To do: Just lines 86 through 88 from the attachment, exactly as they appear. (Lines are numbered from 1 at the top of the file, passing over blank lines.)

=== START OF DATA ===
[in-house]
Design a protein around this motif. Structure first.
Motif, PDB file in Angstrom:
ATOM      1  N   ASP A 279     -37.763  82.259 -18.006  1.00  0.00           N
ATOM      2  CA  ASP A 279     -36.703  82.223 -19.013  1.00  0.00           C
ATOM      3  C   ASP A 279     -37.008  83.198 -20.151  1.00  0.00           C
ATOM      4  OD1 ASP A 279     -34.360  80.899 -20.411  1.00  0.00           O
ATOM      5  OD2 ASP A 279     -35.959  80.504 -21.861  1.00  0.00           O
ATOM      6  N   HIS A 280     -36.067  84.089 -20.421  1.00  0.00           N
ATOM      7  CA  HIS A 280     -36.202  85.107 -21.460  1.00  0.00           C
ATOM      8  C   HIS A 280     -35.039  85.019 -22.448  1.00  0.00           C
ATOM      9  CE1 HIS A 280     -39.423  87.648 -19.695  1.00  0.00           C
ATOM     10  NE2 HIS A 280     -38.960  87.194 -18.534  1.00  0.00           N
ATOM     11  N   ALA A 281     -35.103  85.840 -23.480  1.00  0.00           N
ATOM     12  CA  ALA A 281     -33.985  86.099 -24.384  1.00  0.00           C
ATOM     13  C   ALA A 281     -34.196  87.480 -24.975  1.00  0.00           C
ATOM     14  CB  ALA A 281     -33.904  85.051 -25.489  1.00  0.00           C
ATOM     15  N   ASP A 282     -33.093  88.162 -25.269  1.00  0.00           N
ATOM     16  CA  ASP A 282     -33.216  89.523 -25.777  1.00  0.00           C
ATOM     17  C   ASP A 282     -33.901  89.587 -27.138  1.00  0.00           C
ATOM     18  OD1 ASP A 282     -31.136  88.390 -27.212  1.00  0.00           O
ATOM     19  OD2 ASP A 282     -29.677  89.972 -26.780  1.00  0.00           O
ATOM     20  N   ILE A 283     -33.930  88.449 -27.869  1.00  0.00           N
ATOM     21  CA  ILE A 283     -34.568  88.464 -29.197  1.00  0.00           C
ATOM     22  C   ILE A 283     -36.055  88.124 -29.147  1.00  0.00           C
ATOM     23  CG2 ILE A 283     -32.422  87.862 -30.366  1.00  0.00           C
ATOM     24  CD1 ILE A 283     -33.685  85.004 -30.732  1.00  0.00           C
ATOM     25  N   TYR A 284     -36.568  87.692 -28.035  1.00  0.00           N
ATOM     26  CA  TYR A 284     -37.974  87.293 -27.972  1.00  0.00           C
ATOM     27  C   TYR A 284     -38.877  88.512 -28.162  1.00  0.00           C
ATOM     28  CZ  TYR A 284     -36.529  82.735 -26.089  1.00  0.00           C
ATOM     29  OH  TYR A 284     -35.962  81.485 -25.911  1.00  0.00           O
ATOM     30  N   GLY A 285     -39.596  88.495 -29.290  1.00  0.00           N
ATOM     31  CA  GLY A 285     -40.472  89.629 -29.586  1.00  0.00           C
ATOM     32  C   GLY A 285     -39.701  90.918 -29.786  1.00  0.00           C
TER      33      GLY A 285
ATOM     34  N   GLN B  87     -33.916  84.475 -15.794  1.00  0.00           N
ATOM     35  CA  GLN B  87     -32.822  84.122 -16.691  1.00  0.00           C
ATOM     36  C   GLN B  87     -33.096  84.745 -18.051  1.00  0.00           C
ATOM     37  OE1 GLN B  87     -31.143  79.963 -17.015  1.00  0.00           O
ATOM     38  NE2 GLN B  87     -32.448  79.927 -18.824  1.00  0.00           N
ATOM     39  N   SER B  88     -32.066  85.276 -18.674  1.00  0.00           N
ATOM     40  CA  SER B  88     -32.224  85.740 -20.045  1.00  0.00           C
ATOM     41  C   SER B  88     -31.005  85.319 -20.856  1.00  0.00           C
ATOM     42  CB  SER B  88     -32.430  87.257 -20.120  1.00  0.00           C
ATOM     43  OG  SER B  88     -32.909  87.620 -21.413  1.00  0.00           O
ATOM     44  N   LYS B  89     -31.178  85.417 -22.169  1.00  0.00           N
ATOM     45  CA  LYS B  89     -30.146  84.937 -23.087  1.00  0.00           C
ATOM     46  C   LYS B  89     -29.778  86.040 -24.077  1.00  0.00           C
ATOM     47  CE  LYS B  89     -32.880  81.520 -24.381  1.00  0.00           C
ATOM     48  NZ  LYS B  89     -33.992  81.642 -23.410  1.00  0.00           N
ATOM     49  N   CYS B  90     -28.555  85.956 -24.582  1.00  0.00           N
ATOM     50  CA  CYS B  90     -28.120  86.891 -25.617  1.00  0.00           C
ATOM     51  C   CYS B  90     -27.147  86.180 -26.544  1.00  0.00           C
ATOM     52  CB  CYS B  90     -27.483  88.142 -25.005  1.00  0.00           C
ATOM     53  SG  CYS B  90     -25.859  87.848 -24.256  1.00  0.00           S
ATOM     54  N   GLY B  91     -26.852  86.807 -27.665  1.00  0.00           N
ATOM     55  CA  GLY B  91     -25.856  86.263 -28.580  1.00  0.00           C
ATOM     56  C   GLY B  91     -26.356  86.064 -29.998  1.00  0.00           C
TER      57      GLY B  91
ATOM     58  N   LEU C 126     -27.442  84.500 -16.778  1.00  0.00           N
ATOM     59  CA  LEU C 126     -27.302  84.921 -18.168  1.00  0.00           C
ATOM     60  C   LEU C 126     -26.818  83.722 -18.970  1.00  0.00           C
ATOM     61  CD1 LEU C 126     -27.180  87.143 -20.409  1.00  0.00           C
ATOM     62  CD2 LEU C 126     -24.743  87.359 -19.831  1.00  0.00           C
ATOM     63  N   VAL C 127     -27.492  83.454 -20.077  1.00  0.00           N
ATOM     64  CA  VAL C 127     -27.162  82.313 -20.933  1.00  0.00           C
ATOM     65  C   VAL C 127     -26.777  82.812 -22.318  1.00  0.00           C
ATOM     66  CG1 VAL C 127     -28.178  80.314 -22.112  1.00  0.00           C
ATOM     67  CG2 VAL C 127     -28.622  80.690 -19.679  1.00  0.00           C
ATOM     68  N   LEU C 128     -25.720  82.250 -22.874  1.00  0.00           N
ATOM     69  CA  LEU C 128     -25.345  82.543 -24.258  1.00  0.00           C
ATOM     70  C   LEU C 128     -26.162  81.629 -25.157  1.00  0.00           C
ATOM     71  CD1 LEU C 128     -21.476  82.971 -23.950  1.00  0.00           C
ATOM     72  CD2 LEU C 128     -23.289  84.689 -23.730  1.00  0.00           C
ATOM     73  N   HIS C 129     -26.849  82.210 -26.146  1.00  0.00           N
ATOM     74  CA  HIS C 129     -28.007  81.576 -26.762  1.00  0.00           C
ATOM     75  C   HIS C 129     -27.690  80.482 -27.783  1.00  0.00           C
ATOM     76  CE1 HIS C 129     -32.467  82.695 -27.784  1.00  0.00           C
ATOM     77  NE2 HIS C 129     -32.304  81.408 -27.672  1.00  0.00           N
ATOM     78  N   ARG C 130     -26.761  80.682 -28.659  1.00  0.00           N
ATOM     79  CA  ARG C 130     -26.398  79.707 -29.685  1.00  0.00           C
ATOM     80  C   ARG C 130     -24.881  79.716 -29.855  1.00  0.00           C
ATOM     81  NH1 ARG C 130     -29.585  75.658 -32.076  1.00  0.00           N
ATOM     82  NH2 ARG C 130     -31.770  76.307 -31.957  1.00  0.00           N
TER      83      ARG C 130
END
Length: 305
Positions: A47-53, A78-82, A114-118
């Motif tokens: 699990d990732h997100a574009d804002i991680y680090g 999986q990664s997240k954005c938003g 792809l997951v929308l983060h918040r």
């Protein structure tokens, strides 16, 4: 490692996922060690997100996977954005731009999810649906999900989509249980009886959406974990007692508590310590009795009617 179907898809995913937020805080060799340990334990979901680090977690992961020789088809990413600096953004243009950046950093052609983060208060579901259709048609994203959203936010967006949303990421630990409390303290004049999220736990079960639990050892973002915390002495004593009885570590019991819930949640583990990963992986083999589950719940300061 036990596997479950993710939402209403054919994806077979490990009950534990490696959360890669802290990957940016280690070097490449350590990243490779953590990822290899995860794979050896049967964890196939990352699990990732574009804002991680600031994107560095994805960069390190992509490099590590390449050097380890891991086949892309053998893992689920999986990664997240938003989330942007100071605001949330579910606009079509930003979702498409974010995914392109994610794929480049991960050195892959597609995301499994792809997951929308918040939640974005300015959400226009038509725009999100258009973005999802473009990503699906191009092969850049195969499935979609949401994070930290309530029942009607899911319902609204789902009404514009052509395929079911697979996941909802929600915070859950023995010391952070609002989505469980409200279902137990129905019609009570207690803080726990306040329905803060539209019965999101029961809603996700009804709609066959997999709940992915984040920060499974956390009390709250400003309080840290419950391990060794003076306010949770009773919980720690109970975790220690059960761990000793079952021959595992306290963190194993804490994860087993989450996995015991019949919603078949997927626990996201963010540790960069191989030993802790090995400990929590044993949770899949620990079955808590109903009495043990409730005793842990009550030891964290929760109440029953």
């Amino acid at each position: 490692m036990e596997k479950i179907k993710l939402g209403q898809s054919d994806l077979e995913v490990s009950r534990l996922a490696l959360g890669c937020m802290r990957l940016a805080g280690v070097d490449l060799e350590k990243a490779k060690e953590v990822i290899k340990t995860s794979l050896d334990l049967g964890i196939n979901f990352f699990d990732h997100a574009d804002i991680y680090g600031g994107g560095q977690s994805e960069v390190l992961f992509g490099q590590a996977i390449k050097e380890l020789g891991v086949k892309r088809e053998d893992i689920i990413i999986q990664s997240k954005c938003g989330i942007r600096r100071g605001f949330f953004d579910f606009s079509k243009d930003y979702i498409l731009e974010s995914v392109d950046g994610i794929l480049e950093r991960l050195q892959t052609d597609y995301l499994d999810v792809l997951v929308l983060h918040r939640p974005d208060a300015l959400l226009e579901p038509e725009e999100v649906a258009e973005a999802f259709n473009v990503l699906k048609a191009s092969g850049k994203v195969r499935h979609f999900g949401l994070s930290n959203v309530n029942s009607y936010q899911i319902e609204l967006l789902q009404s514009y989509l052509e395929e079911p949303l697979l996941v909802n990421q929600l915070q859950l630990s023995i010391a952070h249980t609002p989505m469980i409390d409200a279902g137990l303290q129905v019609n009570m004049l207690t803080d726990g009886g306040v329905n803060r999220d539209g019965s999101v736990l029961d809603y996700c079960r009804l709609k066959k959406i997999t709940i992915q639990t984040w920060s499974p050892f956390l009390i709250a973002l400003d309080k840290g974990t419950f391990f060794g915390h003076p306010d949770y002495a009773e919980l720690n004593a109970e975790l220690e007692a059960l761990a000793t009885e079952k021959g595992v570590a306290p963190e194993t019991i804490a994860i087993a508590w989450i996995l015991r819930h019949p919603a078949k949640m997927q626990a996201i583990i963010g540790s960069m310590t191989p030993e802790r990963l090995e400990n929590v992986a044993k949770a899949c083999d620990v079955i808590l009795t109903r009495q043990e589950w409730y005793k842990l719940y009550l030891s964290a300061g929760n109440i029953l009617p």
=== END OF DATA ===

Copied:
TER      83      ARG C 130
END
Length: 305